An occasional sputtering of literary output, rants and opinion.

Tuesday, September 27, 2005

The Science Of Religiousness

I read this post in the Australian about the correlation between religiosity and crime, STD's and other indicators of societal dysfunction; and was both intrigued and appalled. Intrigued because it matched a suspicion I have long held about religion being an indicator of social illhealth, appalled because, at least as presented in the article the drawing of conclusions was shoddy science. Mostly because it implies causation from correlation. The research article on which the article in the Australian was based was published in the Journal of Religion and Society by Gregory Paul , the money quote in the Australian's version is:

"In general, higher rates of belief in and worship of a creator correlate with higher rates of homicide, juvenile and early adult mortality, STD infection rates, teen pregnancy and abortion in the prosperous democracies. The United States is almost always the most dysfunctional of the developing democracies, sometimes spectacularly so."

Which tells you that indeed there is a correlation, and that of developing democracies, those with high rates of religiosity experience a correspondingly high rate of social dysfunctions (as measured by murders per capita, prevalence of gonorrhea, etc.).

In the JRS study there is also this decidely less sexy passage:

This study is a first, brief look at an important subject that has been almost entirely neglected by social scientists. The primary intent is to present basic correlations of the elemental data. Some conclusions that can be gleaned from the plots are outlined. This is not an attempt to present a definitive study that establishes cause versus effect between religiosity, secularism and societal health. It is hoped that these original correlations and results will spark future research and debate on the issue.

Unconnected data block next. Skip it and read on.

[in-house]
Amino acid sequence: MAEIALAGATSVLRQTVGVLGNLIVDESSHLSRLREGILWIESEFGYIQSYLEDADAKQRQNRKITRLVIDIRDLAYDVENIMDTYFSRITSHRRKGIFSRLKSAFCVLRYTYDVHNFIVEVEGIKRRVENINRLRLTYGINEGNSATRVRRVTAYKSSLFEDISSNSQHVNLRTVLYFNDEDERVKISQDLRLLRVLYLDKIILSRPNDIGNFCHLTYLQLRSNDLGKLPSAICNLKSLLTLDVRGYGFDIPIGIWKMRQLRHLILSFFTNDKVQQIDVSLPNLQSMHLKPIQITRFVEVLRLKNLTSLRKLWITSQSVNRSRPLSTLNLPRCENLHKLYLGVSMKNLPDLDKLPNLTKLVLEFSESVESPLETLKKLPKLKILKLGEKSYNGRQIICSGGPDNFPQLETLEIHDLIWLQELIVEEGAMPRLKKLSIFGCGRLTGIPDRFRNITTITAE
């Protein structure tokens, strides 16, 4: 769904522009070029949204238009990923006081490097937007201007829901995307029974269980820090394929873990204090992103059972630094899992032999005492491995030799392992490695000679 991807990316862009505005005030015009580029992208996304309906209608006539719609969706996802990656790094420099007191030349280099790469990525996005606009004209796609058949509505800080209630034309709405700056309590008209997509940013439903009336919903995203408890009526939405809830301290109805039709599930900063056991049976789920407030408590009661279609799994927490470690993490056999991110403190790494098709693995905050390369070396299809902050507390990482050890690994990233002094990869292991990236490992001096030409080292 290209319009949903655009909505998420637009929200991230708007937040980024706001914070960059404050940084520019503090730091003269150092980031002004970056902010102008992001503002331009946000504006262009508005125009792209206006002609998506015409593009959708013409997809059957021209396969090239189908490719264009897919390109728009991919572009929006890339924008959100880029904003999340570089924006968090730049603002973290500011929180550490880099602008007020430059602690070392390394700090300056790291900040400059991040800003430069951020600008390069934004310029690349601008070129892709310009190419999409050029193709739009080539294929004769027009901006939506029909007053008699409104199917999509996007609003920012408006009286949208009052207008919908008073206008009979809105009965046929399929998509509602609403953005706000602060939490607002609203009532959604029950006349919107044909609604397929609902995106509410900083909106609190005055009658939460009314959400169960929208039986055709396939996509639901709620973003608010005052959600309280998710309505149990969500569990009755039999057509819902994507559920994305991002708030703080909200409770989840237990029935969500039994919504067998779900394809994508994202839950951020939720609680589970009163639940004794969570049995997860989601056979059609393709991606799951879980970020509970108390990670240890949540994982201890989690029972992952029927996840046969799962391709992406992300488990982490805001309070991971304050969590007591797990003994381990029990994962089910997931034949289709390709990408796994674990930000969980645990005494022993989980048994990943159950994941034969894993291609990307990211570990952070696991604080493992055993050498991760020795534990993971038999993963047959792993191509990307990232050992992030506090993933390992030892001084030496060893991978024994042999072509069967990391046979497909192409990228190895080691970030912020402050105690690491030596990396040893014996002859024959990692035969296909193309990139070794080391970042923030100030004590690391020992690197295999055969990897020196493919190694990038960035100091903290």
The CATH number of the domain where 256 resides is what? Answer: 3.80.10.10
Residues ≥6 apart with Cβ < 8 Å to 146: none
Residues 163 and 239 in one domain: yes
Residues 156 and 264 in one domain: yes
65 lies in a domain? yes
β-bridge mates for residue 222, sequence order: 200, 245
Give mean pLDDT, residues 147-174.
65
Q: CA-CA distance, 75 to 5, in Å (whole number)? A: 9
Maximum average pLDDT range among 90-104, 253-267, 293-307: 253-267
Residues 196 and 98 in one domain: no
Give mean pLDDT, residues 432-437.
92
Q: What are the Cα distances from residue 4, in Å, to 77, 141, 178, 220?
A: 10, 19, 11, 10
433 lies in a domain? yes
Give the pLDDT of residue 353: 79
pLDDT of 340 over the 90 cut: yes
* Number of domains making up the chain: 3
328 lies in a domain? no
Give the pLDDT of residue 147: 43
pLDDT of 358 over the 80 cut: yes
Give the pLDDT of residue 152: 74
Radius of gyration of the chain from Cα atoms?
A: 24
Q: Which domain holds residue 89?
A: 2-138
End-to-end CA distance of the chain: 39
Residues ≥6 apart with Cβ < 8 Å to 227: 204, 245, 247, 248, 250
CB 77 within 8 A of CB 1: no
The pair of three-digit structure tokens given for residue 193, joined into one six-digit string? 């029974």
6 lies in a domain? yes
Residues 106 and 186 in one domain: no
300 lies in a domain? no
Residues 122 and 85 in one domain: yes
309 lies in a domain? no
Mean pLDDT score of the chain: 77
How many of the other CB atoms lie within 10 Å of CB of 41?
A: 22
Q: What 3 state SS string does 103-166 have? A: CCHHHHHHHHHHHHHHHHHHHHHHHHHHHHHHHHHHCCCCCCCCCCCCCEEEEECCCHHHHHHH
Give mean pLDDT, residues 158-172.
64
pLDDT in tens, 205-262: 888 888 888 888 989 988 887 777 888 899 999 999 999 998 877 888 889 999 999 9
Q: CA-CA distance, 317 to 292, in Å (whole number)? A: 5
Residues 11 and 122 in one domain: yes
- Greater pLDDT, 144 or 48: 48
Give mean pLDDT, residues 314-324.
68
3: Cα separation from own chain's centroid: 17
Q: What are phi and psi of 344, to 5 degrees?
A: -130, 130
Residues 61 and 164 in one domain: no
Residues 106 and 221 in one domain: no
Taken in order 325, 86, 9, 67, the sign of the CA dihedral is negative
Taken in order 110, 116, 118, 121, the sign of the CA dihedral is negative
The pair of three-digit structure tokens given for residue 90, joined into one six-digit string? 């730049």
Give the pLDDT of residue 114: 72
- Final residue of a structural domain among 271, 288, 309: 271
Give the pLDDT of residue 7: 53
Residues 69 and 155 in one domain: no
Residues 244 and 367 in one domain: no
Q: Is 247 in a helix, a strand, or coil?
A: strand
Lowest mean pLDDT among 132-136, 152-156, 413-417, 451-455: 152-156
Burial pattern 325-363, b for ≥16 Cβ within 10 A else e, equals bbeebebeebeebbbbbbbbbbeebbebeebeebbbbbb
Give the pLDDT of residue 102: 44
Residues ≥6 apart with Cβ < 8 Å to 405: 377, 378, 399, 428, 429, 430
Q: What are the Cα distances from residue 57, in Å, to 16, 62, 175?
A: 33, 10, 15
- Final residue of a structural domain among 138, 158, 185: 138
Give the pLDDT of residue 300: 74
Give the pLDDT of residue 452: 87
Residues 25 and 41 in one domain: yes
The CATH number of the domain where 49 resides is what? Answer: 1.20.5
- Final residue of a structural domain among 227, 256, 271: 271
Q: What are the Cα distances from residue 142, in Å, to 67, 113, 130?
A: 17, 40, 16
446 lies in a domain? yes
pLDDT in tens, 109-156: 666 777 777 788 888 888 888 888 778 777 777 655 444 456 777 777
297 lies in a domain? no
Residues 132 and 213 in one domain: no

Which in my mind at least puts Dr. Paul in the position of having his work sensationalised by the Australian. As a first pass at mining the available data about the effect of religion on society the JRS article is intriguing in that it does show the existence of a correlation between disparate events, a correlation that many would discount in advance in fact. I suspect that religiosity is neither a cause nor the effect of the many social dysfunctions it appears in tandem with. My hypothesis is that religion and the other social dysfunctions of which it is a marker, are caused by perceived financial and social insecurity.

To scientifically test this hypothesis it is merely necessary to construct multiple isolated societies and to vary the parameters of wealth and individual security so as to test all the permutations, the hypothesis is falsified if the incidence of religion in the model does not vary with the individual security parameter.(note this last sentence was a joke).


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